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Middle class nailed: Study shows construction apprenticeships rival degrees in earning power

17 January 2020 | By GCR Staff | 0 Comments

A study by researchers in Illinois reveals that the lifetime earnings of unionised construction workers who complete an apprenticeship rivals those who graduate from the US state’s universities.

Despite a higher likelihood of spending time unemployed, a union “journeyworker” – someone who has completed all training – earns around $2.4m in their working lives compared to the $2.5m a person with a bachelor’s degree earns, after student debt.

Although the starting wage after an apprenticeship is lower, at $19.15 an hour, than the average starting wage of a graduate ($26/h), the mid-career wage of a journeyworker tends to outstrip that of a graduate: $40.0/h compared to $35.28/h.

The study was carried out by the Illinois Economic Policy Institute (ILEPI) and the Project for Middle Class Renewal (PMCR) at the University of Illinois at Urbana-Champaign. 

“Every year, thousands of Illinois residents enrol in apprenticeship programs as a tuition-free alternative to college,” said study co-author and ILEPI Policy Director Frank Manzo IV.

“Including up to six years of classroom instruction and on the job training, these programs play a vital role in producing workers with in-demand skills for today’s economy, and give participants the extraordinary opportunity to earn while they learn.”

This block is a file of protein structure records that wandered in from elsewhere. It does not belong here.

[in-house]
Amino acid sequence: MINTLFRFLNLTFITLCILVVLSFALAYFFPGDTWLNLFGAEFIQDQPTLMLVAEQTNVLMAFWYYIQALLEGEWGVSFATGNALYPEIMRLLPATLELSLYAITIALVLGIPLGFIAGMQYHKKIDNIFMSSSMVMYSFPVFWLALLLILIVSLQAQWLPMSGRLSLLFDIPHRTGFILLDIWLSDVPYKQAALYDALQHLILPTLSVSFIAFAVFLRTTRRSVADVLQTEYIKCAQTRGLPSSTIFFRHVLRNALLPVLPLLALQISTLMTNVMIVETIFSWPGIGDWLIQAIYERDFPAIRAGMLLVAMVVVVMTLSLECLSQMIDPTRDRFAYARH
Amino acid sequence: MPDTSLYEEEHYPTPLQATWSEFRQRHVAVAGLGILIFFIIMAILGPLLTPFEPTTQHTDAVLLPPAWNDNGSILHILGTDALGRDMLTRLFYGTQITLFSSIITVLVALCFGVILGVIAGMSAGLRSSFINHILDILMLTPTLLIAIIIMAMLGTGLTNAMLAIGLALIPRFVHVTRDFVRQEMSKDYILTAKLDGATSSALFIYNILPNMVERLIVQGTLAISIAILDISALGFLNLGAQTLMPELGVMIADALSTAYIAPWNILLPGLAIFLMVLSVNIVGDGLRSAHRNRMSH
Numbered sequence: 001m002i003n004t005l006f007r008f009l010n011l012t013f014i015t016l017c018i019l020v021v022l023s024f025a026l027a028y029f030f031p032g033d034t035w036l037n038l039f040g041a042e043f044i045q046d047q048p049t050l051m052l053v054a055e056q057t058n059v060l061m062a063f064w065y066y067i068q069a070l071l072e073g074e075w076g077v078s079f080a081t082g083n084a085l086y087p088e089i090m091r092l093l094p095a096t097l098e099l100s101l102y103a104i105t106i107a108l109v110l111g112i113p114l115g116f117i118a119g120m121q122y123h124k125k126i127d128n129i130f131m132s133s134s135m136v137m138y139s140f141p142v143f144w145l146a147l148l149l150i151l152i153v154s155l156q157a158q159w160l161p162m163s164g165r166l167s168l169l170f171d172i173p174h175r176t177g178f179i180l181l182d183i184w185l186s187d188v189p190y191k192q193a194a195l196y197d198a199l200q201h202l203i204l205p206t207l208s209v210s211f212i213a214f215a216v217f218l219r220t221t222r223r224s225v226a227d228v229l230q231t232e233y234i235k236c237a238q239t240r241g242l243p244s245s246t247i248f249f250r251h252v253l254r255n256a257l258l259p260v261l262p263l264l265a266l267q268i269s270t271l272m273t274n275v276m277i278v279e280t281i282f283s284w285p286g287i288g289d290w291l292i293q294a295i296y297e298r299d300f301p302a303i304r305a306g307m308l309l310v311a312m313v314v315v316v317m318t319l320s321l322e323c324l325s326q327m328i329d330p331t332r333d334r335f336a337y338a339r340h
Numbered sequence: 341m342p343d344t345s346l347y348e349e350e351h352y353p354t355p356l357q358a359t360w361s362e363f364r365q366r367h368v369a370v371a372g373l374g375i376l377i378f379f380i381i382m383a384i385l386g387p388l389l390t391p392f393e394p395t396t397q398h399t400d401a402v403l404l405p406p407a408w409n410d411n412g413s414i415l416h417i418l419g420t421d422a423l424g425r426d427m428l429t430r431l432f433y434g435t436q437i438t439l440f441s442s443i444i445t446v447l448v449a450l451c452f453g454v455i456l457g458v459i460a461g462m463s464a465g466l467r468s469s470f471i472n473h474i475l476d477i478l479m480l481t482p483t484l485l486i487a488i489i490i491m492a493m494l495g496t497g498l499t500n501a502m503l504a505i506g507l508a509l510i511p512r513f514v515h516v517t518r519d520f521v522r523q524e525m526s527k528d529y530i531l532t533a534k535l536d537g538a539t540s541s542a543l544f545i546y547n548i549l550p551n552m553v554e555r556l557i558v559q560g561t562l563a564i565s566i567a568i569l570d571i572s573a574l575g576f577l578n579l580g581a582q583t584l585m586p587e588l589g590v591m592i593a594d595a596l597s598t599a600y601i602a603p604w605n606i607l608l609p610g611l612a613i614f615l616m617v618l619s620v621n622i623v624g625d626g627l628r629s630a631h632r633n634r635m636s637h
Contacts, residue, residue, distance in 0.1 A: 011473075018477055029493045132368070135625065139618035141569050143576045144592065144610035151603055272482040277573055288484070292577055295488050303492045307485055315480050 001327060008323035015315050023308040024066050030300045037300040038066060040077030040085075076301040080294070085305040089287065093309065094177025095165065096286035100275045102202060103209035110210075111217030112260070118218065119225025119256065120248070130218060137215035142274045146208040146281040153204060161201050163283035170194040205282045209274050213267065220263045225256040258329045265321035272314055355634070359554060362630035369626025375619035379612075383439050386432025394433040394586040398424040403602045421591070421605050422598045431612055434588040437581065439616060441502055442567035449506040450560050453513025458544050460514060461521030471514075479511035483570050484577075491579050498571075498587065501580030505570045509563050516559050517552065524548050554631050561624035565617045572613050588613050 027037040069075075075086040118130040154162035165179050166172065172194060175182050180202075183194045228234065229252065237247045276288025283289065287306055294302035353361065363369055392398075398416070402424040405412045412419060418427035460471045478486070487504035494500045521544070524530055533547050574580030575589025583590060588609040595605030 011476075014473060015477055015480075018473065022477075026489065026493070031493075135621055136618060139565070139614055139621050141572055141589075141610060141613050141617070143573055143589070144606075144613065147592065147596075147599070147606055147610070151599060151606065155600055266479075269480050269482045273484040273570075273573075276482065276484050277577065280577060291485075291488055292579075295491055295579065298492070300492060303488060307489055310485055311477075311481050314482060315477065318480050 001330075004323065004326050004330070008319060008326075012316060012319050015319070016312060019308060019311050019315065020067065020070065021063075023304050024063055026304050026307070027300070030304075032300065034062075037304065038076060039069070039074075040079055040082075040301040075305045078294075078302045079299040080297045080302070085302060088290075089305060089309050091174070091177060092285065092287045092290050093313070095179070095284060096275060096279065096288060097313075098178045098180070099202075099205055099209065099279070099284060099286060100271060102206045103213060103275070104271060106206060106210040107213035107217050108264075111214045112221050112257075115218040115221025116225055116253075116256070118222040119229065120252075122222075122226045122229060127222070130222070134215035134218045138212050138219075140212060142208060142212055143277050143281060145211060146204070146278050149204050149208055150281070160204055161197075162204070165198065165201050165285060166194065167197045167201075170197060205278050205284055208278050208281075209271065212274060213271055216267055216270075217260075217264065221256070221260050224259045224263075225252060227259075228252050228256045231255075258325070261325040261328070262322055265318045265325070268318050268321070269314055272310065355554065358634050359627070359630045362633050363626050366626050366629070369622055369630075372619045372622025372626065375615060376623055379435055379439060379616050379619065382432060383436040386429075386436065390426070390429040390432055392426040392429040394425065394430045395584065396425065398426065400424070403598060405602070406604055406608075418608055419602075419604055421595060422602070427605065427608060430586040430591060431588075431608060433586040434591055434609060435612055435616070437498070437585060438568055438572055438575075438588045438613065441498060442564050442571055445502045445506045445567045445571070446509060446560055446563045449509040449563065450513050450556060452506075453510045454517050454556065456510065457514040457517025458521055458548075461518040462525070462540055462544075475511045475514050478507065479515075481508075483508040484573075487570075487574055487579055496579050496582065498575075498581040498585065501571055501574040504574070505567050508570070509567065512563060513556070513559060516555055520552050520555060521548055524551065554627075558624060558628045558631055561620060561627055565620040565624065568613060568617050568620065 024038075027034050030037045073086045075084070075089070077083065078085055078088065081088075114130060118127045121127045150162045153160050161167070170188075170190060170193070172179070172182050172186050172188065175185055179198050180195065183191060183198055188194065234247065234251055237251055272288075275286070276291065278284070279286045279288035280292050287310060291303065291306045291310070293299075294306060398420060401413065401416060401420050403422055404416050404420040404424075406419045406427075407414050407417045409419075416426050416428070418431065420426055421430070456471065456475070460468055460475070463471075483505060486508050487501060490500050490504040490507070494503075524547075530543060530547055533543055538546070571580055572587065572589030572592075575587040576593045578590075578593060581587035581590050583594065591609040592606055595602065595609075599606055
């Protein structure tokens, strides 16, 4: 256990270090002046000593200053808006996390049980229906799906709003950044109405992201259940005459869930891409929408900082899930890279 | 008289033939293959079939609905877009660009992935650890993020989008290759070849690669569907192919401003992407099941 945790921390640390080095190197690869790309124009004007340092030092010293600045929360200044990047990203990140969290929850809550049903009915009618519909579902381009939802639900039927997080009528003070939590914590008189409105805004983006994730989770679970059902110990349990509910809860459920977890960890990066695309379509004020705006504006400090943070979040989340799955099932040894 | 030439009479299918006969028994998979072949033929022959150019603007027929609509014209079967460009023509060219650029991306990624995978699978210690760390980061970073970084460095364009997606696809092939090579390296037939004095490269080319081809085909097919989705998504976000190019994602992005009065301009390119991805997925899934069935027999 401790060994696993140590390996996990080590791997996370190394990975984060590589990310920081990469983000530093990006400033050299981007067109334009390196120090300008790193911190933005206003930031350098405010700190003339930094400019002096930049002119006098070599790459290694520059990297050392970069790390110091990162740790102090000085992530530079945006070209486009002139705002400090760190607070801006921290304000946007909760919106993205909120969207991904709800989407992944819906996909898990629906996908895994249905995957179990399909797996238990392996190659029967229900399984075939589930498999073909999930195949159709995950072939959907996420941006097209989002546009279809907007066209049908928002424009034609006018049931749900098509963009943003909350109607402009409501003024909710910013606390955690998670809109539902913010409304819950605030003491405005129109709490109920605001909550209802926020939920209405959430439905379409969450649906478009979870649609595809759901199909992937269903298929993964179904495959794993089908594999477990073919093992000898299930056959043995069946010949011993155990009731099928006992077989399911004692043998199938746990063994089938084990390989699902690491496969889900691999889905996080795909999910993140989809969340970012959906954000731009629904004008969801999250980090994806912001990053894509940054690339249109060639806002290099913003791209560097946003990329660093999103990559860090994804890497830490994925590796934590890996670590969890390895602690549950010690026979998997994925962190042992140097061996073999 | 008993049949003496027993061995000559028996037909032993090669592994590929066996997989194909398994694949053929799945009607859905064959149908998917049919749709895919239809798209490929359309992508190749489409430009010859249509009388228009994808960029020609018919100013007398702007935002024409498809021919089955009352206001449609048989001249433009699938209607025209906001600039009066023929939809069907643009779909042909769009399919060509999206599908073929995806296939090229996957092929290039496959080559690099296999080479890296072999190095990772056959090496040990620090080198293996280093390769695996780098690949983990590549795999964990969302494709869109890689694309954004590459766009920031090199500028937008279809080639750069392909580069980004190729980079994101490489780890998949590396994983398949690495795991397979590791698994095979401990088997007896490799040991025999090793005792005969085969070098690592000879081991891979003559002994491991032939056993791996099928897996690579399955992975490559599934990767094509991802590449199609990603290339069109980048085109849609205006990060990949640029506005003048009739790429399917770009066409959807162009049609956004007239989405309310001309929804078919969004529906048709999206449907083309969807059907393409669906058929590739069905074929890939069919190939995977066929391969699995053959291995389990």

The revelation comes amid a construction skills shortage in the US.

A survey this month by the Associated General Contractors of America found that three out of four contractors expect to keep adding workers in 2020, but even more respondents, four out of five, reported difficulties in filling positions last year. 

In Illinois, more than 85% of all apprenticeship enrolment is in the construction sector, making the industry’s apprenticeship system one of the state’s largest privately-financed post-secondary institutions.

Of those apprentices, 97% are enrolled in programs administered jointly by unions and contractors (“joint labour-management programs”) which are fully funded by negotiated contributions from employers.

The industry also has “employer-only” programs that are administered by companies or trade associations. Employer-only programs rely on voluntary contributions from contractors.

Analysing data from the US Department of Labor, the study finds that joint labour-management programmes outperform employer-only programmes in terms of training hours and earnings.

“Joint labor-management apprenticeships are clearly the best-in-class model, and are far outperforming employer-only programs on every available measure,” said study co-author and PMCR Director Dr. Robert Bruno. “In fact, the data shows that joint construction programs are delivering a more robust training regimen than other post-secondary institutions, and equal or greater lifetime earnings for their graduates.”

The researchers called for measures to extend apprenticeship programmes, address stigmas that discourage workers from vocational training, more pre-apprenticeship coursework in high schools.

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